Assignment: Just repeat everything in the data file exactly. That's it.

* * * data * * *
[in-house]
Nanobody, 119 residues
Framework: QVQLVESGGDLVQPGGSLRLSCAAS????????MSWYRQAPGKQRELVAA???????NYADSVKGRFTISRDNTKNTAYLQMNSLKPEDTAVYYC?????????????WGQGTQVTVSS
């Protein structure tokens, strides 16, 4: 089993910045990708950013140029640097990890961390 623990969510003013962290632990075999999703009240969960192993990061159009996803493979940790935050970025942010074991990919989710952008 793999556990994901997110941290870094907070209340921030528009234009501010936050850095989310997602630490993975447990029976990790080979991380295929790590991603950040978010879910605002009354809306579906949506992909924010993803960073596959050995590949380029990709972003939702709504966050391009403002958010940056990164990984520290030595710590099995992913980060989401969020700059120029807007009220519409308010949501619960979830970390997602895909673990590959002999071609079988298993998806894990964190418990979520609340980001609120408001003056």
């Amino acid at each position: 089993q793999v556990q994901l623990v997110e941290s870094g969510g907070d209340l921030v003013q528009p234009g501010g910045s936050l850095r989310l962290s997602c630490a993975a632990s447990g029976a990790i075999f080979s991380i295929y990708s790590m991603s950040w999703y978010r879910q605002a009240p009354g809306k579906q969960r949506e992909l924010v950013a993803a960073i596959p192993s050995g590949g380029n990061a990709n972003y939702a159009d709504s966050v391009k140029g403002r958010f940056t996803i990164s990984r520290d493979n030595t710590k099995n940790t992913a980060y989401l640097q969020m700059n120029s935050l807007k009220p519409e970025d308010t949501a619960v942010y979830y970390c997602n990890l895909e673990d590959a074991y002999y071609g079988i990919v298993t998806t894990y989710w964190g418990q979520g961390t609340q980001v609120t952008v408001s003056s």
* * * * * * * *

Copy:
[in-house]
Nanobody, 119 residues
Framework: QVQLVESGGDLVQPGGSLRLSCAAS????????MSWYRQAPGKQRELVAA???????NYADSVKGRFTISRDNTKNTAYLQMNSLKPEDTAVYYC?????????????WGQGTQVTVSS
């Protein structure tokens, strides 16, 4: 089993910045990708950013140029640097990890961390 623990969510003013962290632990075999999703009240969960192993990061159009996803493979940790935050970025942010074991990919989710952008 793999556990994901997110941290870094907070209340921030528009234009501010936050850095989310997602630490993975447990029976990790080979991380295929790590991603950040978010879910605002009354809306579906949506992909924010993803960073596959050995590949380029990709972003939702709504966050391009403002958010940056990164990984520290030595710590099995992913980060989401969020700059120029807007009220519409308010949501619960979830970390997602895909673990590959002999071609079988298993998806894990964190418990979520609340980001609120408001003056």
């Amino acid at each position: 089993q793999v556990q994901l623990v997110e941290s870094g969510g907070d209340l921030v003013q528009p234009g501010g910045s936050l850095r989310l962290s997602c630490a993975a632990s447990g029976a990790i075999f080979s991380i295929y990708s790590m991603s950040w999703y978010r879910q605002a009240p009354g809306k579906q969960r949506e992909l924010v950013a993803a960073i596959p192993s050995g590949g380029n990061a990709n972003y939702a159009d709504s966050v391009k140029g403002r958010f940056t996803i990164s990984r520290d493979n030595t710590k099995n940790t992913a980060y989401l640097q969020m700059n120029s935050l807007k009220p519409e970025d308010t949501a619960v942010y979830y970390c997602n990890l895909e673990d590959a074991y002999y071609g079988i990919v298993t998806t894990y989710w964190g418990q979520g961390t609340q980001v609120t952008v408001s003056s």